Air traffic disruptions continue in Europe amidst volcanic ash plume

13:02, April 18, 2010      

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Passengers wait at the Tegel Airport in Berlin, Germany, April 17, 2010. German airspace will be closed until 8:00 am Sunday because of a cloud of volcanic ash from Iceland expanding over Europe. (Xinhua/Luo Huanhuan)

A lingering ash cloud spewed from an Iceland volcano continues to wreak havoc on air travel across Europe, cancelling hundreds of flights and stranding travlers around the world.

The French government on Saturday annouced plans to keep the airports in Paris and northern France closed until Monday because of ash unleased by the eruption that began Wednesday and shows no signs of abating.

French media reported that air traffic at 35 airports in the Paris area and in northern France will remain suspended until Monday due to the ash cloud over Europe that has caused the biggest airspace shutdown since World War II.

Besides France, many other European nations have also banned or lengthened their bans on air travel.

Air authorities in Britain have decided to extend a ban on most flights in British airspace until at least 7:00 am (0600 GMT) Sunday.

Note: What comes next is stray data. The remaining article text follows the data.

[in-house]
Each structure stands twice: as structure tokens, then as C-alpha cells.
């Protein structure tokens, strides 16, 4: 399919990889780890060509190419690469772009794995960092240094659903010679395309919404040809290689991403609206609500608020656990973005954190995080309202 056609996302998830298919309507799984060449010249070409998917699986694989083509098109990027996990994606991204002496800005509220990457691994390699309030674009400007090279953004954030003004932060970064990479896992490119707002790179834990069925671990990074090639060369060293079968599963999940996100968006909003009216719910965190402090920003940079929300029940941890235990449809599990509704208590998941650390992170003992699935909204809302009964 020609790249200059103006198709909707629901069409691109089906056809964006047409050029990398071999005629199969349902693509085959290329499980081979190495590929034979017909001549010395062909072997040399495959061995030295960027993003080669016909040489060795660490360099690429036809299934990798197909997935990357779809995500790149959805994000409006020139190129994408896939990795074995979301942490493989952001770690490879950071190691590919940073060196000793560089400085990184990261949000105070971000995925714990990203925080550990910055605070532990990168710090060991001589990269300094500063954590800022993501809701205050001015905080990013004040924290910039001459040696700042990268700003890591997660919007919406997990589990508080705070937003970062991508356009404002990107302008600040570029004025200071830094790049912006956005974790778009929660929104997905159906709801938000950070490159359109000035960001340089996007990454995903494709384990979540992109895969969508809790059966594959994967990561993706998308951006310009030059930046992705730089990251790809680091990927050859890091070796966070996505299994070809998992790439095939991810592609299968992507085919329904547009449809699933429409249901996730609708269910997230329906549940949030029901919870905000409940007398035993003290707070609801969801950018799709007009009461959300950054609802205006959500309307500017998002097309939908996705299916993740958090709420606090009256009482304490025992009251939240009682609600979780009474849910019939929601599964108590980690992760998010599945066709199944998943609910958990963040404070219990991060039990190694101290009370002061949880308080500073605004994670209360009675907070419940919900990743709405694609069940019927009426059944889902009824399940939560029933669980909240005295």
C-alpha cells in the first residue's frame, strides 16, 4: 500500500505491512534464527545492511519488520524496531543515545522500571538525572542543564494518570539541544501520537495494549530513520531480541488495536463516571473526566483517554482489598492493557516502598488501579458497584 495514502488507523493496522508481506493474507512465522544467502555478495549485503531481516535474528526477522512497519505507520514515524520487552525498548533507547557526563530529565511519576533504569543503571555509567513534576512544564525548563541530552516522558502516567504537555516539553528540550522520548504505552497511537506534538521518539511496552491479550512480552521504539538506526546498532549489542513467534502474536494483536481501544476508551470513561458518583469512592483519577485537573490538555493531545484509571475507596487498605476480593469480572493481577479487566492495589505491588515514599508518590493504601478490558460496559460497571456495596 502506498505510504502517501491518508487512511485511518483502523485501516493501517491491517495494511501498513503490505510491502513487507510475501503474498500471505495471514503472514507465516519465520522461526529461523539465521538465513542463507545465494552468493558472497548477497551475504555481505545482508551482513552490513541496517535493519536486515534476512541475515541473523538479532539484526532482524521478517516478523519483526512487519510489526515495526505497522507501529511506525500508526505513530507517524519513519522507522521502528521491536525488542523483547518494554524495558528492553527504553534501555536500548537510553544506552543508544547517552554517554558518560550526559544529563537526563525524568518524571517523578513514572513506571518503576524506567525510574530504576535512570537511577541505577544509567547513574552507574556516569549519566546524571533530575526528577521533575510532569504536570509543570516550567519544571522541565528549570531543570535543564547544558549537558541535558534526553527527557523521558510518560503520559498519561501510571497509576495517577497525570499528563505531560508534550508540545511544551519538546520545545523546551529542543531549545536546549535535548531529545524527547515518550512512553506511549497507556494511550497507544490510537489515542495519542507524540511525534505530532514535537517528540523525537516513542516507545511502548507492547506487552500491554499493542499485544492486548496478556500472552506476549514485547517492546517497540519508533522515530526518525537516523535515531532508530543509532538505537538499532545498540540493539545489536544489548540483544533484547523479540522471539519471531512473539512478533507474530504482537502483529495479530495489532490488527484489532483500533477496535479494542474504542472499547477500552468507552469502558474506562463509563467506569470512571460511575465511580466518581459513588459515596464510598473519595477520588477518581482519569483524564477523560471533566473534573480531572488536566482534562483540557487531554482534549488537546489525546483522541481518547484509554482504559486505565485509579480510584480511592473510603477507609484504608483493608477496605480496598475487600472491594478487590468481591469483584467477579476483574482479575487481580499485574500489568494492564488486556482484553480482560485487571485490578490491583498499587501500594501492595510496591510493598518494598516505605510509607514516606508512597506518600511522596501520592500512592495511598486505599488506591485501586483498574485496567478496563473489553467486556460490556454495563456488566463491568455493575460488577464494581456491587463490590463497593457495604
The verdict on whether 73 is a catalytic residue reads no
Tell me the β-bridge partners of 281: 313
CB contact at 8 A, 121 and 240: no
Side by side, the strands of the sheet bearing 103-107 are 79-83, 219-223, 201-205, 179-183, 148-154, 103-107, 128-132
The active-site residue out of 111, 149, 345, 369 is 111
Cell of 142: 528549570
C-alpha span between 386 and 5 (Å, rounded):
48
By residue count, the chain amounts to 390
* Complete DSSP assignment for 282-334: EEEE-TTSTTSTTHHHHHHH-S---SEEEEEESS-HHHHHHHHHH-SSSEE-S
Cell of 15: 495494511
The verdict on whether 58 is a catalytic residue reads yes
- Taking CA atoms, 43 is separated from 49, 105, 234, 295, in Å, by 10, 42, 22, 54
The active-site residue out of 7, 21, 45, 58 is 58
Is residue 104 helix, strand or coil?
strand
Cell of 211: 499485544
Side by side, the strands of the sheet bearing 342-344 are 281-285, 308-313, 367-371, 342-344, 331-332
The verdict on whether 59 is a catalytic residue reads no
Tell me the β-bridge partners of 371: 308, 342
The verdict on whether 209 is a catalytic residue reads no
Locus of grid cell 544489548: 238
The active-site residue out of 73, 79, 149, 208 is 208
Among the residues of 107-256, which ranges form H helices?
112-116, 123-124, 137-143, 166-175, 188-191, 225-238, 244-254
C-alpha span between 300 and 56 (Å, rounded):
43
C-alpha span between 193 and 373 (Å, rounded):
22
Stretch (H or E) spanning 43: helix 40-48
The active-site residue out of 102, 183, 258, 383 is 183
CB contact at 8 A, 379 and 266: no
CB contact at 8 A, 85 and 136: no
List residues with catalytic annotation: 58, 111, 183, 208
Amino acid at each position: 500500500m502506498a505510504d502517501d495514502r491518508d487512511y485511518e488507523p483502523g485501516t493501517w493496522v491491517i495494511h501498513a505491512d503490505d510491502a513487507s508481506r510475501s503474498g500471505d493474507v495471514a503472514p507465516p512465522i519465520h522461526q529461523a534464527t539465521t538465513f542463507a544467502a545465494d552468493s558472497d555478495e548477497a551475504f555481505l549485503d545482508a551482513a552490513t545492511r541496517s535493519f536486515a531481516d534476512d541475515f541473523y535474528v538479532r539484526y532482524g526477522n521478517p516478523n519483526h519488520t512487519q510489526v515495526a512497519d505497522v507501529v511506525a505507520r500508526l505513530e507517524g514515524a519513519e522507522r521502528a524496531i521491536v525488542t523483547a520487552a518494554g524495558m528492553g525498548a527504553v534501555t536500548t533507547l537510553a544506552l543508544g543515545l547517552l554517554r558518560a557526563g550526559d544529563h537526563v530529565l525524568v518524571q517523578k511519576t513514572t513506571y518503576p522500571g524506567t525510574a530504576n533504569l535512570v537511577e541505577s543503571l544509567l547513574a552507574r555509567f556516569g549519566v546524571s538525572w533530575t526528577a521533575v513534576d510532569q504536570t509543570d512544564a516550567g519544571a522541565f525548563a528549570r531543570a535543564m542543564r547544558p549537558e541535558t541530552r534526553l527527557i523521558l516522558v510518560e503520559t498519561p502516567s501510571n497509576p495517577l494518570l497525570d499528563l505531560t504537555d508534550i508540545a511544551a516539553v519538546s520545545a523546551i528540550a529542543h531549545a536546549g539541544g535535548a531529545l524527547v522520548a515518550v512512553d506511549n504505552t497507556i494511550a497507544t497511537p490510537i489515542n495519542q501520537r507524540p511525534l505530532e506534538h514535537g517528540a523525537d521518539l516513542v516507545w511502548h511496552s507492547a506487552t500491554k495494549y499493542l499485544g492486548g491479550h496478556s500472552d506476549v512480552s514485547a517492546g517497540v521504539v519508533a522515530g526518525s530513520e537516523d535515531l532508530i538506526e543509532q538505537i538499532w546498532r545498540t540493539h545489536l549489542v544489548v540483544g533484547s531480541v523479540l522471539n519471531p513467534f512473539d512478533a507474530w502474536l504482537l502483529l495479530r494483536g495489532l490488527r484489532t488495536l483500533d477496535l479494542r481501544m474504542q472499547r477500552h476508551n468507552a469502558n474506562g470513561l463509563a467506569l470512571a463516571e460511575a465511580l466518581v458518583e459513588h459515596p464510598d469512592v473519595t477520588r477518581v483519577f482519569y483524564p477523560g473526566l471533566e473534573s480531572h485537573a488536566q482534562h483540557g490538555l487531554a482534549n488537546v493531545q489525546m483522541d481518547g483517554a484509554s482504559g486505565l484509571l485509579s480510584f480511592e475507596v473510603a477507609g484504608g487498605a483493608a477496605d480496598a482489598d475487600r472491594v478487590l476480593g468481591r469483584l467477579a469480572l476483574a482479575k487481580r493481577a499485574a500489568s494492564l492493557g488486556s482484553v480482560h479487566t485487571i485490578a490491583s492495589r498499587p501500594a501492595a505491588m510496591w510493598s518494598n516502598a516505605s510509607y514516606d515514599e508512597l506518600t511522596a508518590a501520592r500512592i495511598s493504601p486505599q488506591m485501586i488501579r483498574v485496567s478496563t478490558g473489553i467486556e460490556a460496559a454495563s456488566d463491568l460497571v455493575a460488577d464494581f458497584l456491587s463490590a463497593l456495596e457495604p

Passengers sleep on the bench at the Ataturk Airport in Istanbul, Turkey, on April 17, 2010. More than 110 international flights were cancelled at the airport on Saturday, due to the cloud of ash that erupted from the Eyjafjallajokull volcano in southeast Iceland. (Xinhua/Chen Ming)

Denmark and Germany have prolonged bans on most flights in their airspace until 0000 GMT Sunday while northern Italy rescheduled its ban to at least 0600 GMT Monday.

Meanwhile, Romania, Bulgaria, Ukraine, and northern Serbia also imposed a flight ban on Saturday, said Eurocontrol, the the European air-traffic safety body that coordinates and controls air traffic in 38 countries.

Eurocontrol said about 16,000 flights across Europe were called off on Saturday due to the ash cloud.

The reason to ground all planes is because the engines could become clogged up and stop working while trying to fly through the ash.

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